New research conducted at the Mayo Clinic has found that one in six Americans on blood thinners to treat irregular heart rate – known as atrial fibrillation – could be taking too much or too little of the medication. Since millions of patients in the US take blood thinners to manage the condition, these findings could have far-reaching implications.
According to the study – which was published in the Journal of the American College of Cardiology – around ten percent of patients taking blood thinners to treat atrial fibrillation also have severe kidney disease. Of these kidney patients, 40 percent were found to be taking a higher dose than necessary which could leave them susceptible to a serious risk of uncontrolled bleeding.
Conversely, the researchers found that some patients without severe kidney disease could be underdosed. Up to 13 percent of these patients could be receiving too little of the blood thinning medication, which may be insufficient at preventing the occurrence of strokes – a cardiovascular event that is five times more likely to occur in patients with atrial fibrillation.
“Dosing errors of these blood-thinning medications in patients with atrial fibrillation are common and have concerning adverse outcomes,” said lead author Dr. Xiaoxi Yao, a health sciences researcher at Mayo Clinic. The dual risks of under- and overdosing patients make finding the right balance imperative to improving the health of patients.
In all, the study analyzed data collected from over 14,800 patients with atrial fibrillation who were dosed with one of three blood thinner drugs: apixaban, dabigatran or rivaroxaban. Standard and lower recommended dosages for the three blood thinners have been established based on whether a patient has kidney disease.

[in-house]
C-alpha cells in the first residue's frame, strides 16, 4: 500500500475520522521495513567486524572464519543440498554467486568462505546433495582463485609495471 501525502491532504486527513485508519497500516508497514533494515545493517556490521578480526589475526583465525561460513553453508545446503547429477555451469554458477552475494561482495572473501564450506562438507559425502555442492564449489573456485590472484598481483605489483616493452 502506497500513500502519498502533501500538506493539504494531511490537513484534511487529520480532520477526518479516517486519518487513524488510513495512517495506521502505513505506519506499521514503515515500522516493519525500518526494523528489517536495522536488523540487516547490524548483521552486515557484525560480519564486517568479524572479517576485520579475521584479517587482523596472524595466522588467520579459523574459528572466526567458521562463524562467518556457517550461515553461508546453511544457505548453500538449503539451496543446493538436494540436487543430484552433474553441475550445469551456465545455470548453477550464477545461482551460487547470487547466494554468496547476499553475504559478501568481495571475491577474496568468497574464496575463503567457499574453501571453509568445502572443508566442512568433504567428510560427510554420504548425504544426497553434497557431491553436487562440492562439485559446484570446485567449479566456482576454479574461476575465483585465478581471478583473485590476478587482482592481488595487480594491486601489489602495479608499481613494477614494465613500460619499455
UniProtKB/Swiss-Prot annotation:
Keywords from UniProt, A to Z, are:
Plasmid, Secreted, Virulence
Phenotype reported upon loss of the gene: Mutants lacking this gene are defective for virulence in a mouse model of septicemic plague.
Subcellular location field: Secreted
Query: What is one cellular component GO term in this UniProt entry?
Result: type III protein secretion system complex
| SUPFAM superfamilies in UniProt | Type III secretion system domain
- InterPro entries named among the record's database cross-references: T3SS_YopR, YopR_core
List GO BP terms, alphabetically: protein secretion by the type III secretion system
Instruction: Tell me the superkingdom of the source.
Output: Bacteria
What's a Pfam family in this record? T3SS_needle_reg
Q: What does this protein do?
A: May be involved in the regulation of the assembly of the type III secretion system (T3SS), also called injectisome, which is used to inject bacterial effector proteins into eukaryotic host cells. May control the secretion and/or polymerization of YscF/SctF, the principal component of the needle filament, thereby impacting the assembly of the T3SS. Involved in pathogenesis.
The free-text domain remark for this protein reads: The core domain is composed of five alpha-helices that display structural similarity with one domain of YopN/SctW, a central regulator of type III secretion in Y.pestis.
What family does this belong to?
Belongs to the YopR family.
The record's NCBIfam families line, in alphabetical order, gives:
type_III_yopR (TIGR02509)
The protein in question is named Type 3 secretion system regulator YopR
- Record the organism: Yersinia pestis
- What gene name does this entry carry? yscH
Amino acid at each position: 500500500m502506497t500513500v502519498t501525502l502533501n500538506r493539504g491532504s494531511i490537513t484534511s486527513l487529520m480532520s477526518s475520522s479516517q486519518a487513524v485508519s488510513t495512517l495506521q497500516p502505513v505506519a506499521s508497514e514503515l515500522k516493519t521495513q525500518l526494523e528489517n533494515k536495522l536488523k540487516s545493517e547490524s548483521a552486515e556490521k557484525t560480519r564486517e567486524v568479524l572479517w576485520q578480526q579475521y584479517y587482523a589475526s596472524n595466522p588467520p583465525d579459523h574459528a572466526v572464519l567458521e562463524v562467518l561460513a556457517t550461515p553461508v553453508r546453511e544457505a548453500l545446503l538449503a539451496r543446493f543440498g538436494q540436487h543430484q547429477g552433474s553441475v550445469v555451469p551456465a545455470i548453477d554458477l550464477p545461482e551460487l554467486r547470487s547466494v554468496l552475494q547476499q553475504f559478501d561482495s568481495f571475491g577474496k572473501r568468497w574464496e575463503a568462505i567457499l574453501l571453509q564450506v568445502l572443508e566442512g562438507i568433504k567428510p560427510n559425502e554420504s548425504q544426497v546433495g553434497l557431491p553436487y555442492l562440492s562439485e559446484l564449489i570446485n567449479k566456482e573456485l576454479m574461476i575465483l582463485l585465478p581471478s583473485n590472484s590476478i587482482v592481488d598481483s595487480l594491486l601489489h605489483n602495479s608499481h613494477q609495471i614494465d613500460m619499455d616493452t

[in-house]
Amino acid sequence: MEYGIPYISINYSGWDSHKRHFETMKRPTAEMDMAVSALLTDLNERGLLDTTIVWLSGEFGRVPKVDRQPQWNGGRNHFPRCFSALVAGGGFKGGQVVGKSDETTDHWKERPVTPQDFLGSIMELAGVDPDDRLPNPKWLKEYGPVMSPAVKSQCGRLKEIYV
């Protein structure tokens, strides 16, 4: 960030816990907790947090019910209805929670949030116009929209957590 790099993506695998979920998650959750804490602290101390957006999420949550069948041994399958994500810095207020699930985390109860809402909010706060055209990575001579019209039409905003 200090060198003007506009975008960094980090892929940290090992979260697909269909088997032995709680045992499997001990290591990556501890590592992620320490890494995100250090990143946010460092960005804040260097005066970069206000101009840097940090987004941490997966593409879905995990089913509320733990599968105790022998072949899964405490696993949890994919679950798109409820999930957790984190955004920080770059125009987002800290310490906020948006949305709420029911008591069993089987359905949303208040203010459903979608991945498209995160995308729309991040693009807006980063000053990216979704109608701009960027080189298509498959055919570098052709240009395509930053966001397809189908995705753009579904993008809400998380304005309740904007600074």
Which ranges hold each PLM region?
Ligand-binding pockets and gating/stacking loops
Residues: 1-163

“The number of patients using these drugs has quickly increased since the introduction of this new class of drugs in 2010,’ said Yao. While warfarin was the standard blood thinner prescribed before 2010, this drug requires doctors to constantly monitor patients to mitigate the risk of bleeding events.
Based on the clinical and administrative claims data, the researchers found that 16 percent of patients with atrial fibrillation received a dose of blood thinners that did not comply with the recommended doses on the FDA-mandated drug labels.
“We conducted this study to highlight the prevalence of inappropriate dosing in routine clinical practice and the associated adverse outcomes,” said senior study author Dr. Peter Noseworthy, a Mayo Clinic cardiologist. “This study underscores the importance for physicians to be vigilant of kidney function when selecting or adjusting dose.”
Up to 6.1 million Americans have atrial fibrillation, according to the Centers for Disease Control and Prevention (CDC). Blood thinners are used as preventive medicine and previous research suggests that 90 percent of patients could benefit from the therapy.
“Overdosing is a fairly straightforward problem and can be avoided by regularly monitoring kidney function,” said Noseworthy. “However, underdosing is more complex. These medications need to strike a balance between stroke reduction and risk of bleeding. I think physicians often choose to reduce the dose when they anticipate their patients are at a particularly high bleeding risk ─ independent of kidney function.”